From the Maneuver Warfare Handbook operational art is described as the art of using tactical events- battles or refusal to give battle-to strike directly at the enemy’s strategic center of gravity. In my view in police and security situations where conflict and violence often linger, the center of gravity is the adversary’s motives and mindset. Motives and mindset cannot be predicted with certainty; therefore we must develop knowledge of conflict and violence in its three dimensions, the moral, mental and physical and how to translate this knowledge as it is applied in a given set of circumstances. This knowledge combined with the ability to apply in the context of competition or crises based on the unfolding circumstances is ‘operational art.”

To get the best results and win we must learn what we need to know about conflict and violence how it unfolds, its causes and effects and its signs and signals. We must research and review case studies of past violent acts and attempt to understand the social dynamics that contribute to conflict and violence such as an unstable background, drug and alcohol abuse, violent entertainment with no spiritual guidance or discipline, failure to be proactive when you observe the signs of mental illness, anger and depression and then the most crucial factor ignoring the signs and signals when we see them due to apathy or just not believing what we see due to associative barriers.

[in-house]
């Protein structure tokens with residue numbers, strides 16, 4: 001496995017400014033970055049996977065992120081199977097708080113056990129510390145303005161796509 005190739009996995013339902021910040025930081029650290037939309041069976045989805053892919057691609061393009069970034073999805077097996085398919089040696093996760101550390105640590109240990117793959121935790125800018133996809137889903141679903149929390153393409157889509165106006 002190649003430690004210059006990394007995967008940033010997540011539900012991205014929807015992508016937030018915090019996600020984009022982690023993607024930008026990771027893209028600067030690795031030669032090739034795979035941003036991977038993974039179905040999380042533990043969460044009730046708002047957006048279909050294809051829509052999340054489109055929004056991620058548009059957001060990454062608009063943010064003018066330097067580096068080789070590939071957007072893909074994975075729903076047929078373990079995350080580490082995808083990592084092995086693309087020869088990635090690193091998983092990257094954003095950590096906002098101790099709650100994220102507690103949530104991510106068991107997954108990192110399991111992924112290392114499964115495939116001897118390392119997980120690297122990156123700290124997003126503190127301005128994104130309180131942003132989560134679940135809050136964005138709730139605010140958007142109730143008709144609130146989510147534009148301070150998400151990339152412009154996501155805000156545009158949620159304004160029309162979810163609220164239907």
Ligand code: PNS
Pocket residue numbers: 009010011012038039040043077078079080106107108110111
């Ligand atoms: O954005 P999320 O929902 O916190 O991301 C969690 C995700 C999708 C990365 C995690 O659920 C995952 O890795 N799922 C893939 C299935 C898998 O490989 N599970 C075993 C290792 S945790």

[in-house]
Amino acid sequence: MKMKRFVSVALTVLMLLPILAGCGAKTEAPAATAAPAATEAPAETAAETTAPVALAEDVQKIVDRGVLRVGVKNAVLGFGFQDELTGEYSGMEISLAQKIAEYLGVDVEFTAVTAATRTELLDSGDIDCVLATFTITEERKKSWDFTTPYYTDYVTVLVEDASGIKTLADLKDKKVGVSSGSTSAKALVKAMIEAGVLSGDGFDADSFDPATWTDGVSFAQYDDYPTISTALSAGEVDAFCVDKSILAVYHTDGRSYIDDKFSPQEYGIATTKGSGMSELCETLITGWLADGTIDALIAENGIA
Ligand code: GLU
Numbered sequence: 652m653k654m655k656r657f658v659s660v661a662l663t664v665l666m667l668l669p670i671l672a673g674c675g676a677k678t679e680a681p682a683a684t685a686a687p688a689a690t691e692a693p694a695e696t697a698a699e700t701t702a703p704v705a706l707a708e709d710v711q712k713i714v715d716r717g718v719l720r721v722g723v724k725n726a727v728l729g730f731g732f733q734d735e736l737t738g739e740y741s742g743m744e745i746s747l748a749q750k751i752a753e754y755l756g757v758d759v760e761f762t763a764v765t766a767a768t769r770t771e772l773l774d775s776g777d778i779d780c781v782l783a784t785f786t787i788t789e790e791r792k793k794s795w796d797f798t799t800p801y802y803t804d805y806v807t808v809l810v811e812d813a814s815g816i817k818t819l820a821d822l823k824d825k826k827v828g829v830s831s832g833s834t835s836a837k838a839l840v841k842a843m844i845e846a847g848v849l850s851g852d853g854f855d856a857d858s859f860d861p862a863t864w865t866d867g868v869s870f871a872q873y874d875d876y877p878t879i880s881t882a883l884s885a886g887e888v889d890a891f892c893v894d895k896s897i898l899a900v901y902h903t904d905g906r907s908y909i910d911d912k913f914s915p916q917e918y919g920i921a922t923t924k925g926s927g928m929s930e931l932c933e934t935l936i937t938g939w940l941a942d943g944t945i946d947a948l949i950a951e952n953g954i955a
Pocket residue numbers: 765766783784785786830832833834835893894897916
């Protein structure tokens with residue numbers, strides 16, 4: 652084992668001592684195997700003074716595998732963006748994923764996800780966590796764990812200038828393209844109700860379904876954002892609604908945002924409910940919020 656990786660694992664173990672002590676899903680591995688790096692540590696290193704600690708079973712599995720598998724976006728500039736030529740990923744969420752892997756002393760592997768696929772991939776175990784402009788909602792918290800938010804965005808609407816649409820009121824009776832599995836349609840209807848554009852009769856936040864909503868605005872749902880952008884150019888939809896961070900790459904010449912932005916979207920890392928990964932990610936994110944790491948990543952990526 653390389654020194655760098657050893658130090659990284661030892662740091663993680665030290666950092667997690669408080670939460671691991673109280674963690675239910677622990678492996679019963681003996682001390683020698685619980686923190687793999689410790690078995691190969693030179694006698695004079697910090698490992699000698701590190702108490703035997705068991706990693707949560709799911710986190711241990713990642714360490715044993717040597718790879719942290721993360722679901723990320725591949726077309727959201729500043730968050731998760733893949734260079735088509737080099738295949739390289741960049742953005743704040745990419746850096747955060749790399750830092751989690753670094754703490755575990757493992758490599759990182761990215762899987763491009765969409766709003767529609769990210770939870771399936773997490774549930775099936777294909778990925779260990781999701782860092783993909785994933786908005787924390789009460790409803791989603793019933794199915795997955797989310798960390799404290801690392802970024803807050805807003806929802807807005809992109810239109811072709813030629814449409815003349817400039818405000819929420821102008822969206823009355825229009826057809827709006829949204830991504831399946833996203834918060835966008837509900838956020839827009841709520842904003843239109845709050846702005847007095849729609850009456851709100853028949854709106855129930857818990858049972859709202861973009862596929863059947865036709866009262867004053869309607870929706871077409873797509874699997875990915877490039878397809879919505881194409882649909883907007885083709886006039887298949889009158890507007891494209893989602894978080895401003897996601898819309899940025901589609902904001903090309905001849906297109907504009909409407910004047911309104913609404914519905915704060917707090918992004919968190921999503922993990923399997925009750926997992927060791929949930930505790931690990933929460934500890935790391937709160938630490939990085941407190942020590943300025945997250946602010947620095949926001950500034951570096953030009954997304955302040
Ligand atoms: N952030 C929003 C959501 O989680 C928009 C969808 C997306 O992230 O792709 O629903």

We must understand the patterns of conflict and violence and their anomalies as well as the subtle signs of anxiety and stress that lead to conflict and violence if we are to be successful in implementing appropriate tactics so we achieve our goals. These signs and signals show themselves through behavioral indicators and manifest themselves in the form of leakage through actions, statements, letters, notes and written manifestos and school papers etc.

Also we must be able to orient to the negative or potentially dangerous body language that leaks out of a person in obvious and also subtle ways. These non-verbal, signs and signals show us high stress and anxiety via hyper vigilance and depression in a particular person. Being both knowledgeable and capable of reading and interrupting the signs and signals can give us crucial information regarding potential motives of a person and a clear advantage in adapting to the circumstances in context with what is going on. In short it puts time on our side because we see the early warning signs and signals.

Once we develop (evolving, continuing) knowledge of the cause and effects and the signs and signals conflict and violence we must understand basic, intermediate and advanced tactical concepts and how to utilize them operationally so we can interact and isolate a person in crisis. Col John Boyd said the goal of strategy is “a game of interaction and isolation in which we must be able to diminish an adversary’s ability to communicate or interact with his environment while sustaining or improving ours.” To achieve this goal of strategy and affect the physical, mental and moral dimensions of conflict we must use our knowledge and tactical concepts such as positioning, cover, concealment, contact and cover, reading and understanding terrain to include micro terrain, response and approach techniques based on the environment (house, car, building, outdoors etc), An example would be approaching a dwelling house that’s has many danger areas that include more than just doors. Think about windows from all floors, shrubs, bushes, tree lines and sheds etc.